Christmas panto production adds humor to Hope’s housing struggles

Christmas panto production adds humor to Hope’s housing struggles

Performance this weekend on Legion stage promises humor, audience involvement and Christmas cheer

In true panto fashion, the Hope Performing Arts Community Theatre (Hope PACT) is taking on some of our community’s biggest issues with a healthy dose of humor.

Cheryl Lacey is reviving the first Christmas pantomime she wrote when she first started Hope PACT ten years ago: Mother Goose and the Enchanted Forest. The interactive play will have audiences booing at evil land developer Baron Peep and applauding a 6’2” Mother Goose as she races to put a roof over the head of orphans and change the ways of the Scrooge-like developer.

Very popular in Britain, a pantomime or ‘panto’ is a type of stage production which involves speaking, songs, dancing and audience involvement. It is built to be entertaining for the whole family. “Basically you take a fairy tale and then you add a level of adult humor and a level of kids humor, and hopefully the kids get the kids humor and not the adult humor,” Lacey laughed.

The panto is a perfect way to approach difficult societal issues said Lacey, who started Hope PACT ten years ago and is also the writer and director of the Christmas production.

“Yes they’re tough subjects, but when you put humor in with them you raise the awareness in a way that people are open to. They’re not going to be depressed or sad, they’re there to be a part of it and really share in it,” she said. “We’ve got to poke some fun at it and then come up with some solutions.”

Although none of the characters are meant to resemble real people, those who see the play may recognize the struggles of affordable housing, homelessness and renting with pets.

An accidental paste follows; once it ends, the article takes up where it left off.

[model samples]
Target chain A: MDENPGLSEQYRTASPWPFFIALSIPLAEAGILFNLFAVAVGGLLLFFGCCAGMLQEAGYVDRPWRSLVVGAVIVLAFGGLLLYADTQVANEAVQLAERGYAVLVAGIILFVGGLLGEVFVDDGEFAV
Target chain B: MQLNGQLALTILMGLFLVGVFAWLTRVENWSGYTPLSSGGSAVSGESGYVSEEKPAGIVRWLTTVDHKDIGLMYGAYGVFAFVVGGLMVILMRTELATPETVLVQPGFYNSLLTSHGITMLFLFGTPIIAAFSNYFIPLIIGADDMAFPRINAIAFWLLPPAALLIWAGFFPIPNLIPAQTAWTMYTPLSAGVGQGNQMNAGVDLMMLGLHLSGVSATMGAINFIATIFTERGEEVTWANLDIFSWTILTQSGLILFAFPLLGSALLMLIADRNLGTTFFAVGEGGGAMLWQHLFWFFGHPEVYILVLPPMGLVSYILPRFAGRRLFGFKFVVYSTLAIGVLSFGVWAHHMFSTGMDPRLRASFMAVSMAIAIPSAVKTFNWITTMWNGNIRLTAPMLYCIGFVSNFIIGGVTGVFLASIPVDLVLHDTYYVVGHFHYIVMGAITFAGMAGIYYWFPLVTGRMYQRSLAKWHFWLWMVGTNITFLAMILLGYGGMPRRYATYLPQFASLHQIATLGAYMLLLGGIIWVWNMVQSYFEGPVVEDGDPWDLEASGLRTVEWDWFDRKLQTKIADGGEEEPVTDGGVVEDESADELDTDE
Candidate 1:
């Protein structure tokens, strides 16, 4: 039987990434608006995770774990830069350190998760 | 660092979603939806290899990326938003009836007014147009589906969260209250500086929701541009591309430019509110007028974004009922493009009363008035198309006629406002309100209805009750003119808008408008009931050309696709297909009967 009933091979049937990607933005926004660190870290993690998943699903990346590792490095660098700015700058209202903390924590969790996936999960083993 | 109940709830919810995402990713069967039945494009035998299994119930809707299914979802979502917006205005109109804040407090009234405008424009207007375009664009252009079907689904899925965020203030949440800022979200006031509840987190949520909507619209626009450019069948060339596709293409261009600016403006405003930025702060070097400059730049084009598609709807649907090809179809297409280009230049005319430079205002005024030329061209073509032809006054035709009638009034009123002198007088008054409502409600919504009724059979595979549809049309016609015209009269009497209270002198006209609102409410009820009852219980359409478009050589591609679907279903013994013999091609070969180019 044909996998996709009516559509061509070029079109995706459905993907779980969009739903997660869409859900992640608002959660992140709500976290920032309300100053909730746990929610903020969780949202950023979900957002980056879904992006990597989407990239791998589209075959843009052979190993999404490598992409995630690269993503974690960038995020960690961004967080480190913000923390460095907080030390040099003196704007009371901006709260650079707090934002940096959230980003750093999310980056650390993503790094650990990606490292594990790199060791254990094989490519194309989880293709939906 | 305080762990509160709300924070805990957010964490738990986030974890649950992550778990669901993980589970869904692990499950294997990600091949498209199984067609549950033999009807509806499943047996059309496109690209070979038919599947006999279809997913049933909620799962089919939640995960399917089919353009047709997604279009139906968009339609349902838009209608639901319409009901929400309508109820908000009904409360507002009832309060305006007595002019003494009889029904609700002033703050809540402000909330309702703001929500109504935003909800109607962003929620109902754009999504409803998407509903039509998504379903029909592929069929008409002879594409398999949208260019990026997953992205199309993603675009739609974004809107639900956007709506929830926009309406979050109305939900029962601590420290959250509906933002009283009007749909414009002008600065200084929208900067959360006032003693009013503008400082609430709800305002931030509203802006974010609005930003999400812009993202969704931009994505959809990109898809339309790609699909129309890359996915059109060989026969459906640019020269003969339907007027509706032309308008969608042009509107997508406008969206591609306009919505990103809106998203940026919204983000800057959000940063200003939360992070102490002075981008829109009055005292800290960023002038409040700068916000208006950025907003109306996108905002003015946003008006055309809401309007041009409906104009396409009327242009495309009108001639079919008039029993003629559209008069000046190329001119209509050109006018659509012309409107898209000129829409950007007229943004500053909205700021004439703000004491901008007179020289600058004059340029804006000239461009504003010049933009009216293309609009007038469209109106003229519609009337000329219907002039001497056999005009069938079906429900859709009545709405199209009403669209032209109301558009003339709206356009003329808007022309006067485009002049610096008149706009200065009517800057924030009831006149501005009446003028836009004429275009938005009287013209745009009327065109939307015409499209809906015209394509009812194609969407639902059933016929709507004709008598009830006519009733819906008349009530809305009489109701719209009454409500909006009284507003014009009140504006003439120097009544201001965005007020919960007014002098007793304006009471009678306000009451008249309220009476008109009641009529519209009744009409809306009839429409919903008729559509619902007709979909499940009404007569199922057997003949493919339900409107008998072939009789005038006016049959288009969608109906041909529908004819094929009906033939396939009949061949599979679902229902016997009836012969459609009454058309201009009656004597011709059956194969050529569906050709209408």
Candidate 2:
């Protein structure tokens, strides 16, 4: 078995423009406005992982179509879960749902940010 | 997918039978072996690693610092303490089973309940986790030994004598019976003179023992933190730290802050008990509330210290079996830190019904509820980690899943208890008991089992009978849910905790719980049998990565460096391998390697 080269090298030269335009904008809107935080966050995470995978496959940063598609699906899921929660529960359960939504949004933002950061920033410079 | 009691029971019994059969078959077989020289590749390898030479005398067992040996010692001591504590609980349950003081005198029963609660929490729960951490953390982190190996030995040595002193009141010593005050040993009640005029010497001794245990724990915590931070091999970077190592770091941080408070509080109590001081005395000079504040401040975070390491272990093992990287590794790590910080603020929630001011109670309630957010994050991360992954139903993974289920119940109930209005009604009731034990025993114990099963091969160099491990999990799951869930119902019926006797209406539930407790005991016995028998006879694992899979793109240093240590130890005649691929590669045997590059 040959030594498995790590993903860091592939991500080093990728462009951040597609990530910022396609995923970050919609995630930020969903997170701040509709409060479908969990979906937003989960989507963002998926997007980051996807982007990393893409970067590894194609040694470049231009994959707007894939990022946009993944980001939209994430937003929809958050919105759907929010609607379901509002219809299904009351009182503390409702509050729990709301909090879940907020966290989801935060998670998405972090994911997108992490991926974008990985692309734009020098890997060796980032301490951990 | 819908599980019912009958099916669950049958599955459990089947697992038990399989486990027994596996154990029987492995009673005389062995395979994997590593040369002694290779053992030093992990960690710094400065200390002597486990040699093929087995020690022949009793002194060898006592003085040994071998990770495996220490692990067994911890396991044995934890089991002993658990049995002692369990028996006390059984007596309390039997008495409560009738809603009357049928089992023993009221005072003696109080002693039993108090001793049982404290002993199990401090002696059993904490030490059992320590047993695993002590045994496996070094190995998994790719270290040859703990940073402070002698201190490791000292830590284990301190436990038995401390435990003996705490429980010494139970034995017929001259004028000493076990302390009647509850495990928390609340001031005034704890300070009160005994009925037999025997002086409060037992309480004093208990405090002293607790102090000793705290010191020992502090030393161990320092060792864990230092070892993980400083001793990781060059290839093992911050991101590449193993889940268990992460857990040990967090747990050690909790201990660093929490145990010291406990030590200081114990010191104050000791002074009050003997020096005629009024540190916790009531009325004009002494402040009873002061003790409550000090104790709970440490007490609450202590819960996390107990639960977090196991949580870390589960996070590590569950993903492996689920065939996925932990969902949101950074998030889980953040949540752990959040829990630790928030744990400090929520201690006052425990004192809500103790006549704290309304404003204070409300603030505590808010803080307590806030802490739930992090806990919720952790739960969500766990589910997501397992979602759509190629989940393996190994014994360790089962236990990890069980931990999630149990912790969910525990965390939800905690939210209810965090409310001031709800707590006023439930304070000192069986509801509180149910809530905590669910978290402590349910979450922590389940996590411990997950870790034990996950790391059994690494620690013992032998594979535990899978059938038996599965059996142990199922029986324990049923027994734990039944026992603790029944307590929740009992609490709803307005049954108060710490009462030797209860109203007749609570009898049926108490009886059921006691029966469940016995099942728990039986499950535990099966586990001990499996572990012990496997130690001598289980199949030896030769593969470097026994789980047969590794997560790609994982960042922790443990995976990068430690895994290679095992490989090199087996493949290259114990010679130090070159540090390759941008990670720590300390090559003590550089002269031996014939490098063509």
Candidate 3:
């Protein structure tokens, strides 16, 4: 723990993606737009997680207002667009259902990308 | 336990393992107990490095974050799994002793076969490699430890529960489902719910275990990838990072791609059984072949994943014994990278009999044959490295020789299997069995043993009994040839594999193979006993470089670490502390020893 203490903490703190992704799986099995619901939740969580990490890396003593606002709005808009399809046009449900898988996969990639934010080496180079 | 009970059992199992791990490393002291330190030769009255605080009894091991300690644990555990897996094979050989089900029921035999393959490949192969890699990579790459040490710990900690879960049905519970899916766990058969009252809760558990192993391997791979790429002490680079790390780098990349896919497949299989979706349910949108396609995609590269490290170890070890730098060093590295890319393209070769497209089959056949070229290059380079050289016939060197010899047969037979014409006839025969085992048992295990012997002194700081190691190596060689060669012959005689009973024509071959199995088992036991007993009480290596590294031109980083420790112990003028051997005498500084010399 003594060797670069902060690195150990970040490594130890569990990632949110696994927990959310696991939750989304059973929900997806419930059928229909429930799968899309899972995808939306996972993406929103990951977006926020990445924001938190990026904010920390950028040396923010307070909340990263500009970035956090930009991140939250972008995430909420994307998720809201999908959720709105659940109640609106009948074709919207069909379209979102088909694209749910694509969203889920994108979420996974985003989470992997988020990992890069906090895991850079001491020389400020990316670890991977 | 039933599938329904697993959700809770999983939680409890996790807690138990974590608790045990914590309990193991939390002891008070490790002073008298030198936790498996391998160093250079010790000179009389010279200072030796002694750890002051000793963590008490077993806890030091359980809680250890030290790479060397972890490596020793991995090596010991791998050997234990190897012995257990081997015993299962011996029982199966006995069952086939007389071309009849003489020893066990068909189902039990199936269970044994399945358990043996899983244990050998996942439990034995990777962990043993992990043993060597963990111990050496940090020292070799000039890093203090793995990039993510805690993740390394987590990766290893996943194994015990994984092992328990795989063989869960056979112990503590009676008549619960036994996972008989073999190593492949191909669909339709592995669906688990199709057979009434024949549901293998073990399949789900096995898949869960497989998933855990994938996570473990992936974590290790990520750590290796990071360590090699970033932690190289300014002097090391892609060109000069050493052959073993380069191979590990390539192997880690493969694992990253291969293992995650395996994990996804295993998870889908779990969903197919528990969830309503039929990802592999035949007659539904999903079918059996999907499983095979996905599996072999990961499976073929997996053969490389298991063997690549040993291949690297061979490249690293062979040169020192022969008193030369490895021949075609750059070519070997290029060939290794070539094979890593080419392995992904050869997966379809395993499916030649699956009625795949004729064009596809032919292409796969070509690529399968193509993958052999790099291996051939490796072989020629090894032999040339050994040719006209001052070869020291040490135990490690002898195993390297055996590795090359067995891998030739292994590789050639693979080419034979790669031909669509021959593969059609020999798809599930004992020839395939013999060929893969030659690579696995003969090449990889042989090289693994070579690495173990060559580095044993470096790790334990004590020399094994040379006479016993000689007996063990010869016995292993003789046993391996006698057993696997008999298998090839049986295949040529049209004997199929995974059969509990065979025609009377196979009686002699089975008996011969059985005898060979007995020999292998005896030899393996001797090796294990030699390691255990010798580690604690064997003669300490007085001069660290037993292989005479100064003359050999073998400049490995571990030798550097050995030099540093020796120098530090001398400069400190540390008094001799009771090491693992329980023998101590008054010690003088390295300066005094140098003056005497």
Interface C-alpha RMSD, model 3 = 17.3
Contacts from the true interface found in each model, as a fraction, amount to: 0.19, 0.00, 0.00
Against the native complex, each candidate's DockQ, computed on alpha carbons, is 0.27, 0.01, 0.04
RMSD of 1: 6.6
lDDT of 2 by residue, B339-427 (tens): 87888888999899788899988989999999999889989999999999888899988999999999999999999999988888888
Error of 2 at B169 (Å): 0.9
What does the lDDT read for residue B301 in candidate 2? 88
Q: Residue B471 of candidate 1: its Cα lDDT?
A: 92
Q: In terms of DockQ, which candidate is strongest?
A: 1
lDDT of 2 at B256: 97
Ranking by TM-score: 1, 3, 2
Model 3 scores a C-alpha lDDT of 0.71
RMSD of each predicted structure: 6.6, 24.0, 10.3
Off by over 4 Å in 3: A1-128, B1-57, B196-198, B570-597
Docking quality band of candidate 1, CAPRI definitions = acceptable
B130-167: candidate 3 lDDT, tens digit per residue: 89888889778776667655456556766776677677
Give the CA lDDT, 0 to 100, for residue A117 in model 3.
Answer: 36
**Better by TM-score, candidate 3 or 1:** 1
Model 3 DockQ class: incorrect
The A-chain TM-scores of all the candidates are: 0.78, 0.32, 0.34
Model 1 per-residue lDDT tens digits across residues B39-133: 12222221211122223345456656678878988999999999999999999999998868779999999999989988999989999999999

Nestled in the play is even a reference to SOGI, as the blue fairy speaks of his childhood wearing fairy clothes and his conviction to keep being who he is into adulthood.

With actors whose only training has come from performing with Hope PACT, the panto is full of creative energy and the audience gets to see the reality of life on stage.

“Because it’s live theatre you have the mistakes that happen and then you get to see the cast work through those. If somebody doesn’t have a line or says the wrong line or doesn’t come out when they’re supposed to. It’s all very down to earth, you’re seeing it the way it is. There are no retakes,” Lacey said.

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The script for Mother Goose is a revival of the first play Lacey wrote when she came to Hope. At the time, she had a whole host of naysayers claiming her theatre experiment would never work.

“Everyone in town said it’ll never work. Hope doesn’t do theatre, bla bla bla, you’ll never get anyone in it,” she said. “We had I think a cast of about 30 and it just came together beautifully. There is so many creative people in this town, I couldn’t believe it.”

Some of the actors who starred in the first production are back eight years later. This includes the Meijer and Steberl families, who have several members of their family performing together this year. The Steberl’s were the first ones to sign up when Hope PACT was formed.

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Mother Goose and the Enchanted Forest will be performed on the Hope Legion stage Dec. 22 at 2 p.m. and again at 7 p.m., and on Dec. 23 at 2 p.m. Admisson is $10 for adults and $5 for school-aged children.

Tickets can be purchased through cast members, or by contacting Lacey at 604-869-2435 or

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